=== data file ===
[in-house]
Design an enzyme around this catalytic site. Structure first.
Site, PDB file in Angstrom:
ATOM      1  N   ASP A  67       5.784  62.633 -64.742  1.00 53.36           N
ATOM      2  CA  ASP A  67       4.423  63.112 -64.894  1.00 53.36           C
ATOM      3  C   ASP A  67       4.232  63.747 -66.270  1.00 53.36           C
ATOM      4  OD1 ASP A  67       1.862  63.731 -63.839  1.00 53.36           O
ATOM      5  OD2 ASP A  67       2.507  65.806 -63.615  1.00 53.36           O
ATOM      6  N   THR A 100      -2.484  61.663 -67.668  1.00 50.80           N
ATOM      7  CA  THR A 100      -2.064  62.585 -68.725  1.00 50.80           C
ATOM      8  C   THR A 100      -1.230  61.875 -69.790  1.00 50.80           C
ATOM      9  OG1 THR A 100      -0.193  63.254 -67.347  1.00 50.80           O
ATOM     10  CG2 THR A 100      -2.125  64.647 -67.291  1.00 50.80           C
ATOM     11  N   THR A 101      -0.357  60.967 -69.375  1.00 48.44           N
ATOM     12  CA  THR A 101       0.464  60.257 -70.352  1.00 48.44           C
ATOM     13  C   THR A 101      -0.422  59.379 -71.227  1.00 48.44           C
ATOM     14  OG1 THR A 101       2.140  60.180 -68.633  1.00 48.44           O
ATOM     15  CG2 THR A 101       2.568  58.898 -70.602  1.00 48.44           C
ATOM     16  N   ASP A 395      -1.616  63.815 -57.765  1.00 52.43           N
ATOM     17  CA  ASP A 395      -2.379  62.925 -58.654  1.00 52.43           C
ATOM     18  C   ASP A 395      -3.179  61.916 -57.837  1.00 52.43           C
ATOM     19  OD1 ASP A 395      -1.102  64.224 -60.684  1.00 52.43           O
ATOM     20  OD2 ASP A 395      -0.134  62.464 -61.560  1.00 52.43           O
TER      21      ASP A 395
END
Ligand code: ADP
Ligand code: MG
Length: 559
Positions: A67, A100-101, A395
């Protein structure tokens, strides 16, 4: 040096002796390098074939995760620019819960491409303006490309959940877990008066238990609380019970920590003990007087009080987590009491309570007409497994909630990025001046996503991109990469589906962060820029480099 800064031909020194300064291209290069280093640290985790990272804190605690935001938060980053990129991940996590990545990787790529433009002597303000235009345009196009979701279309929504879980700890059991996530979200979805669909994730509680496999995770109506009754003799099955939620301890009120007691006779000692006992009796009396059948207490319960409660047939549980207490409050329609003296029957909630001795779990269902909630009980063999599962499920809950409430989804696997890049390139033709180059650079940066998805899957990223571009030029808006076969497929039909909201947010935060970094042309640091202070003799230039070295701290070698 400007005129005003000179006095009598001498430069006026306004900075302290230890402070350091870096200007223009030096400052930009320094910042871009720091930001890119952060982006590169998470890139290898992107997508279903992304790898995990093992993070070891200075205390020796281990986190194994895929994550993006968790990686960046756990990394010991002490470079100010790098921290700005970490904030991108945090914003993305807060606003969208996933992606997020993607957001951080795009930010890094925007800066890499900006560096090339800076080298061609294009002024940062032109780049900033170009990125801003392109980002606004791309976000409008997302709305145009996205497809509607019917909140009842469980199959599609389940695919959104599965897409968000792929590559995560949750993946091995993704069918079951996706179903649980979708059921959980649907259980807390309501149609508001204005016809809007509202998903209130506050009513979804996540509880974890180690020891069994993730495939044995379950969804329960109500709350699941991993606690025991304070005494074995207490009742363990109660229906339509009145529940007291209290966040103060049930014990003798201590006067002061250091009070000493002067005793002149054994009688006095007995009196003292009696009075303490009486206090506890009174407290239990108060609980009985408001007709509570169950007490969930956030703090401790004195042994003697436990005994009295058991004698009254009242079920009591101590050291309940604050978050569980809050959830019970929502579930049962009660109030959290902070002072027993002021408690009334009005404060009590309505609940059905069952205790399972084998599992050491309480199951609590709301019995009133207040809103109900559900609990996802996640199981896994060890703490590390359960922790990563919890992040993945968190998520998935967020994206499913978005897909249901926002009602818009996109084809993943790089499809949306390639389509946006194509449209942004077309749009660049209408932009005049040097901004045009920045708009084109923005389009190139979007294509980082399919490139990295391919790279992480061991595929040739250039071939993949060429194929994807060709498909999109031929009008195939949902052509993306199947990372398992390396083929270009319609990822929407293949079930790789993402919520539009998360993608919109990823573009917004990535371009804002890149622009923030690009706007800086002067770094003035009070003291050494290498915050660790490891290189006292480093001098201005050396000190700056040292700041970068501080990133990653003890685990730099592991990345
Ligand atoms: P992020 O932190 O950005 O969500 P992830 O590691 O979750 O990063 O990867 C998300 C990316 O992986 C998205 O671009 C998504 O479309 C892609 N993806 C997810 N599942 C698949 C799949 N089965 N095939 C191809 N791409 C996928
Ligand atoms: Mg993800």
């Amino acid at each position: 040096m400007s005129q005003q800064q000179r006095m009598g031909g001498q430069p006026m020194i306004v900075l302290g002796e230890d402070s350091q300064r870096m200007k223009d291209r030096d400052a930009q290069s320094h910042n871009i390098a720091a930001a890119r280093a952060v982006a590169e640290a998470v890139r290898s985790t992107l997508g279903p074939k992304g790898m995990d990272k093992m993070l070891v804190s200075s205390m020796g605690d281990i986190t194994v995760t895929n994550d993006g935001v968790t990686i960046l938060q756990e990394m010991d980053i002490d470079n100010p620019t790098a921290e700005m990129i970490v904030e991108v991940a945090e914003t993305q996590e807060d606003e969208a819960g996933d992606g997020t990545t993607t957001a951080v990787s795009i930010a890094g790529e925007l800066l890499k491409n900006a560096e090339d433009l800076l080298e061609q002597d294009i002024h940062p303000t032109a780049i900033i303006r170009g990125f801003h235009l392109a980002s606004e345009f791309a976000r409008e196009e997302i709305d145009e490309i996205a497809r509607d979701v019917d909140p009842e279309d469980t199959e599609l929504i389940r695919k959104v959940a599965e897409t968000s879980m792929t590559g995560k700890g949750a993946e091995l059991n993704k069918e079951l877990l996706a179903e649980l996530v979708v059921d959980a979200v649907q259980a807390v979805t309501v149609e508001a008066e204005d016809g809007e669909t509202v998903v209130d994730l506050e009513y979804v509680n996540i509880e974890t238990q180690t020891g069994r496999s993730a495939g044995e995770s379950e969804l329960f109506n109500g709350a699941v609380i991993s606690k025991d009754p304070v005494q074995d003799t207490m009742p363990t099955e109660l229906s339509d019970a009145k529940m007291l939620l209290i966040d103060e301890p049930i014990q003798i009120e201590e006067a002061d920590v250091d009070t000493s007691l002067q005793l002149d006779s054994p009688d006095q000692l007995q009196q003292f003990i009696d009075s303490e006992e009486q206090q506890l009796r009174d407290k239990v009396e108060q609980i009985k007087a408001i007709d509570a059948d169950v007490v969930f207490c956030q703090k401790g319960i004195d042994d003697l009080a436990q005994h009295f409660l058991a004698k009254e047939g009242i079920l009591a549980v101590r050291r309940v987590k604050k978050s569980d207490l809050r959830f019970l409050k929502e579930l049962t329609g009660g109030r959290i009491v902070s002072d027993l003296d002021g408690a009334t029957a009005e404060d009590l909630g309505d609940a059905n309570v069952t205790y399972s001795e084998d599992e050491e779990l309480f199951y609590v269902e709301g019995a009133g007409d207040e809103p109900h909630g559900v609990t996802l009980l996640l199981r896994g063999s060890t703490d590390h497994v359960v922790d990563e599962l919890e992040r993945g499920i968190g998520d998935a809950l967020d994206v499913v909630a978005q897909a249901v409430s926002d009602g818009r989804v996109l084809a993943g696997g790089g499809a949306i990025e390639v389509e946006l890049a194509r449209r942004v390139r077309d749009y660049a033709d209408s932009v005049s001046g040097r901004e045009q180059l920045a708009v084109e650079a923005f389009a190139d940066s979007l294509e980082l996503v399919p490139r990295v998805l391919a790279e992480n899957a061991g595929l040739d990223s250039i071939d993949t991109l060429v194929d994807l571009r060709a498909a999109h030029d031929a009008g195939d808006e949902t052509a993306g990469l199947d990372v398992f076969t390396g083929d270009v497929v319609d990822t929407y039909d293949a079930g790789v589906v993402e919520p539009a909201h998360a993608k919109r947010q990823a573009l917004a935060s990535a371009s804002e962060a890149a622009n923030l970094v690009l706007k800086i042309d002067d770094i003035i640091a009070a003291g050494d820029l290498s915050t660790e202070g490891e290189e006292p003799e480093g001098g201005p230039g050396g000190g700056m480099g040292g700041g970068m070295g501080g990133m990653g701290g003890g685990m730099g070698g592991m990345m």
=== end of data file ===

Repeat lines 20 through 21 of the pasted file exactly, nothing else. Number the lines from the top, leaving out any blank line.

ATOM     17  CA  ASP A 395      -2.379  62.925 -58.654  1.00 52.43           C
ATOM     18  C   ASP A 395      -3.179  61.916 -57.837  1.00 52.43           C